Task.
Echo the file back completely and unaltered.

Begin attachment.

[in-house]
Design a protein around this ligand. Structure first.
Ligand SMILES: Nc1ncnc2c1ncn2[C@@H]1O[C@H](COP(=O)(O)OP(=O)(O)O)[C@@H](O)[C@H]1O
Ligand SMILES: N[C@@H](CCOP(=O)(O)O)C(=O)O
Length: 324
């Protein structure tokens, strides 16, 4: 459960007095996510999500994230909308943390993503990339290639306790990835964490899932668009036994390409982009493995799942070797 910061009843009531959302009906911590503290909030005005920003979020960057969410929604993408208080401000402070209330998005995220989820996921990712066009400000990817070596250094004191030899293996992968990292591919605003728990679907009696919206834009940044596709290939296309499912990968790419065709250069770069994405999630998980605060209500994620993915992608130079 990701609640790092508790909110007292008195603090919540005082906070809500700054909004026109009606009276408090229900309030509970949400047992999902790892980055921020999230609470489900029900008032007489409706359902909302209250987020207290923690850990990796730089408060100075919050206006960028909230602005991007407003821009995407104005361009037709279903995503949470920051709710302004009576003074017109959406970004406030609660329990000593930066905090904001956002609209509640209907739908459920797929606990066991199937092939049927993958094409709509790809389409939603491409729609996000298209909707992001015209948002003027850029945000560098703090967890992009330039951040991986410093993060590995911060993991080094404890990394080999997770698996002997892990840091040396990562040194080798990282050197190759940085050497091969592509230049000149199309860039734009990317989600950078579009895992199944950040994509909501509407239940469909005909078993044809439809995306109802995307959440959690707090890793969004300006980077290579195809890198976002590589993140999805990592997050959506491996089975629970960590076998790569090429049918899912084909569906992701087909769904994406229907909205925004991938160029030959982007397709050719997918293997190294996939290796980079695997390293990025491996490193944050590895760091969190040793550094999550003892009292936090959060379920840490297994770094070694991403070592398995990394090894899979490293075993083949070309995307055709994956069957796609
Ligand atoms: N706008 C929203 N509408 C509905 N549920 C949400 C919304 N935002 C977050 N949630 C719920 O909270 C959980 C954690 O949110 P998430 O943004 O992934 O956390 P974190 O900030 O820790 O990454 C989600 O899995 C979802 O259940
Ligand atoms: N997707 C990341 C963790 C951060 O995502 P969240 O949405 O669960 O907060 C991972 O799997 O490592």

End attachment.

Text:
[in-house]
Design a protein around this ligand. Structure first.
Ligand SMILES: Nc1ncnc2c1ncn2[C@@H]1O[C@H](COP(=O)(O)OP(=O)(O)O)[C@@H](O)[C@H]1O
Ligand SMILES: N[C@@H](CCOP(=O)(O)O)C(=O)O
Length: 324
């Protein structure tokens, strides 16, 4: 459960007095996510999500994230909308943390993503990339290639306790990835964490899932668009036994390409982009493995799942070797 910061009843009531959302009906911590503290909030005005920003979020960057969410929604993408208080401000402070209330998005995220989820996921990712066009400000990817070596250094004191030899293996992968990292591919605003728990679907009696919206834009940044596709290939296309499912990968790419065709250069770069994405999630998980605060209500994620993915992608130079 990701609640790092508790909110007292008195603090919540005082906070809500700054909004026109009606009276408090229900309030509970949400047992999902790892980055921020999230609470489900029900008032007489409706359902909302209250987020207290923690850990990796730089408060100075919050206006960028909230602005991007407003821009995407104005361009037709279903995503949470920051709710302004009576003074017109959406970004406030609660329990000593930066905090904001956002609209509640209907739908459920797929606990066991199937092939049927993958094409709509790809389409939603491409729609996000298209909707992001015209948002003027850029945000560098703090967890992009330039951040991986410093993060590995911060993991080094404890990394080999997770698996002997892990840091040396990562040194080798990282050197190759940085050497091969592509230049000149199309860039734009990317989600950078579009895992199944950040994509909501509407239940469909005909078993044809439809995306109802995307959440959690707090890793969004300006980077290579195809890198976002590589993140999805990592997050959506491996089975629970960590076998790569090429049918899912084909569906992701087909769904994406229907909205925004991938160029030959982007397709050719997918293997190294996939290796980079695997390293990025491996490193944050590895760091969190040793550094999550003892009292936090959060379920840490297994770094070694991403070592398995990394090894899979490293075993083949070309995307055709994956069957796609
Ligand atoms: N706008 C929203 N509408 C509905 N549920 C949400 C919304 N935002 C977050 N949630 C719920 O909270 C959980 C954690 O949110 P998430 O943004 O992934 O956390 P974190 O900030 O820790 O990454 C989600 O899995 C979802 O259940
Ligand atoms: N997707 C990341 C963790 C951060 O995502 P969240 O949405 O669960 O907060 C991972 O799997 O490592």